Tuesday, July 2, 2013

Uncle Sam Party Prop

Uncle Sam doesn't care if it is raining in Virginia


 I couldn't find an Uncle Sam I really liked.  So I took apart three of my favorite cliparts and combined them to make the image I am working with.  If this is the first time you are seeing one of my fun foam characters, go to the label Fun Foam Characters and see how they are made.

I start by inserting a clip art image into my Photo Shop program.  This program lets me size the clip art any size I want by printing the image out in many pages which I glue together.  Since he was narrow, I enlarged him to 5 x 5 pages.  This gave the result of a lot of blank pages, but a 50 1/2 " character that is 22" wide.  

Each column is five sheets of paper.  I took this picture to show you how big the pattern starts.  

Then I get out my 11" x 18" of fun foam to see how to cut up the image to fit on each sheet.  As you can see from his shirt and vest, I have already cut off his shoes, pants, and head.

I was lucky.  His pants fit on one piece of white fun foam.  I needed to strip them with red paint sharpies.  So to copy the stripes, or any details, I used the point of a pencil.
I just follow along any lines I want to copy and punch holes right into the fun foam.  The sharpies cover up the holes and they are barely noticeable.

Yes, I decapitated him.  But I had to trace his head onto fun foam.  After I traced his head, I cut off his beard, mustache, and hair to trace separately on white fun foam.
I pencil pricked his features.  I found that I can use white out for pupils.  It dries nicely on top of black sharpie.  If you look to the left of this photo, you can see that I am tracing his hat in three different pieces.
Here are all of the fun foam pieces placed together on my dining room table.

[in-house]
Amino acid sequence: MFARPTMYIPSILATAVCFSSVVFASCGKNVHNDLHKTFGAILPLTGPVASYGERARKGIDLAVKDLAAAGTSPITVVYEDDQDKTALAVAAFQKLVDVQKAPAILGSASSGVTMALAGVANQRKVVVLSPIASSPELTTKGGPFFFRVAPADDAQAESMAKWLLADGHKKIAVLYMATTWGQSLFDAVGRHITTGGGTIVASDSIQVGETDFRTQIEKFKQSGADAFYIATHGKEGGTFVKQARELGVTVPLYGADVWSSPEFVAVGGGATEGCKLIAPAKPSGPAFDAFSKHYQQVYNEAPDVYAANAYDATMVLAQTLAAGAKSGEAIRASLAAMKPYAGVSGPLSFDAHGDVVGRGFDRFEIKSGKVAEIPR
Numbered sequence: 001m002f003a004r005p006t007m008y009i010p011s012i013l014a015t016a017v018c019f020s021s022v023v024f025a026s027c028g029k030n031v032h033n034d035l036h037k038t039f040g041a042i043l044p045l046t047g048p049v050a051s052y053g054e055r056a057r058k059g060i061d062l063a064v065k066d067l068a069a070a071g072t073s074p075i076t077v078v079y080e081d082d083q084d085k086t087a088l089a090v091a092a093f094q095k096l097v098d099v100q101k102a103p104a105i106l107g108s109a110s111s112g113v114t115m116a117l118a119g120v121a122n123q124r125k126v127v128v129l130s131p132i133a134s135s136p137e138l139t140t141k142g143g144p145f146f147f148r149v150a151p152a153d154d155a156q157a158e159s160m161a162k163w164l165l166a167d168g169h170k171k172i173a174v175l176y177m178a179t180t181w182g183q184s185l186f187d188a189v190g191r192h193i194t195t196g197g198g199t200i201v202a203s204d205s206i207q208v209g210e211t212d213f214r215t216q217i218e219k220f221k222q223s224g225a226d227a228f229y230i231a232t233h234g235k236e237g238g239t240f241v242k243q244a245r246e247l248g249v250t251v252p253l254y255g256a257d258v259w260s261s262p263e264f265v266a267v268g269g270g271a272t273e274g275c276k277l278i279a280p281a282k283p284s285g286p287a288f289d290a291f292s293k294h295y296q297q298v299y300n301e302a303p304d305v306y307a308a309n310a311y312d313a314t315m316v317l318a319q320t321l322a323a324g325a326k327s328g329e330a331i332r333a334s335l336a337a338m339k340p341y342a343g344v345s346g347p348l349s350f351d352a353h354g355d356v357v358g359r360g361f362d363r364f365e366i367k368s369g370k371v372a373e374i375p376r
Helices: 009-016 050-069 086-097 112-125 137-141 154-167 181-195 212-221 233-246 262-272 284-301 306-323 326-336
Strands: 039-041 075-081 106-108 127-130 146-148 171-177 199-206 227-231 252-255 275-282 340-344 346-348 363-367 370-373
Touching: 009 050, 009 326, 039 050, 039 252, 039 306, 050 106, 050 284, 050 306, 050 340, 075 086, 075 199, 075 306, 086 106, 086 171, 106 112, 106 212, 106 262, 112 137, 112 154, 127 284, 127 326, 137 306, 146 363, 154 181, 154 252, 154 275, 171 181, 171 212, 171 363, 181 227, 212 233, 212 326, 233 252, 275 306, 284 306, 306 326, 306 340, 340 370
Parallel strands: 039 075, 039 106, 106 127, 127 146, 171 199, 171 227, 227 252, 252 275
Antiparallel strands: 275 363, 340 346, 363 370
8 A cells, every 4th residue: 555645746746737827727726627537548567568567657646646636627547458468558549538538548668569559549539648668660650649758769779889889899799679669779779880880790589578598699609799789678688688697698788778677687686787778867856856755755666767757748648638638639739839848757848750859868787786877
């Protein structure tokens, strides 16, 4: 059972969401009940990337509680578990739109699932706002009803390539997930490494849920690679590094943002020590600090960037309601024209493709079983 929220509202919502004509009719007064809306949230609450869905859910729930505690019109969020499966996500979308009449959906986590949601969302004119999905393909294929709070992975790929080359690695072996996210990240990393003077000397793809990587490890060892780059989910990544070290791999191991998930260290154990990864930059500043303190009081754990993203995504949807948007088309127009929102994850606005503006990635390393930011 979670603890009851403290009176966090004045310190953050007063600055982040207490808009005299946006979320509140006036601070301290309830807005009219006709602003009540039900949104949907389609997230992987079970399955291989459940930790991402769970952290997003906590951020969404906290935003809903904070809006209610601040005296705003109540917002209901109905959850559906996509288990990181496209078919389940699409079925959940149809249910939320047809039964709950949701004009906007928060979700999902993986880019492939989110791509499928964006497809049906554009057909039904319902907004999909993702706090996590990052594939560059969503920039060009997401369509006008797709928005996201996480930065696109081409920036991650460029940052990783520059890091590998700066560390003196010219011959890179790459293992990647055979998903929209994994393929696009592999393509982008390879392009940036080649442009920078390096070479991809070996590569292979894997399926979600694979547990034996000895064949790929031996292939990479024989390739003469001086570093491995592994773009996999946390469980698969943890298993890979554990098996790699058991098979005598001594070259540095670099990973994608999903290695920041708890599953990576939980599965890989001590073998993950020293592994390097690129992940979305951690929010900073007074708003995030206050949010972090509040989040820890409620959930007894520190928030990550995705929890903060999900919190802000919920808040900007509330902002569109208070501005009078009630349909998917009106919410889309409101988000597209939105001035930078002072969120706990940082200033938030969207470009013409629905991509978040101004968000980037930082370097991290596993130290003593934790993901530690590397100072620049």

My son the architect gave my a new idea.  I was depending on my hubby to help me use xacto knives to cut the foam core his office uses for mounting designed and photos of projects.  It is expensive board, but dense and hard to cut.  I tried using science display boards, but they tended to be flimsy.  He suggested I use  1/2" wall insulation from Home Depot.  He bought me an insulation burner at Michael's.  It looks like a magic wand.  You plug it in; it heats up; and you get to burn the pattern.  I was afraid of a new tool at first.  I traced the pattern onto the insulation and started "melting."  I kept saying, "I'm melting...I'm melting."  I thought it was funny, but my kids didn't.  

Uncle Sam "burned" in insulation foam.

I tried spray painting the back.  I went back to Home Depot and bought black paint. I painted his edges and his back with a small roller and brush.
(Aren't my pooches cute?)

He's drying right now.  In the kitchen.  Because it's raining outside.  It's been raining all week here in Virginia.  If he gets wet, that is okay.  I took a sample piece I had cut off (burned off) and soaked it with the hose.  I am using the rest of this 8' x 24" foot insulation to make a shark for my daughter Annie's beach trip in September.  Now I know we can have photo ops with the shark in the ocean.  Key in Jaws music here.

I got tired of hauling around pots filled with cement to parties.  I found something nifty in the pvc plumbing section.  I haven't made it yet.  I hope it holds Uncle Sam up straight at for the party.  I will update this post with the finished product and stand.



Shari Allen said...

Great idea! But what is a insulation burner? I looked it up online but I cant find anything. Please help! Thanks!

funjani said...

If you go to Michael's or Home Depot, it is called a "Styro Cutter." Model builders use them.
My son is an architect and told me about it.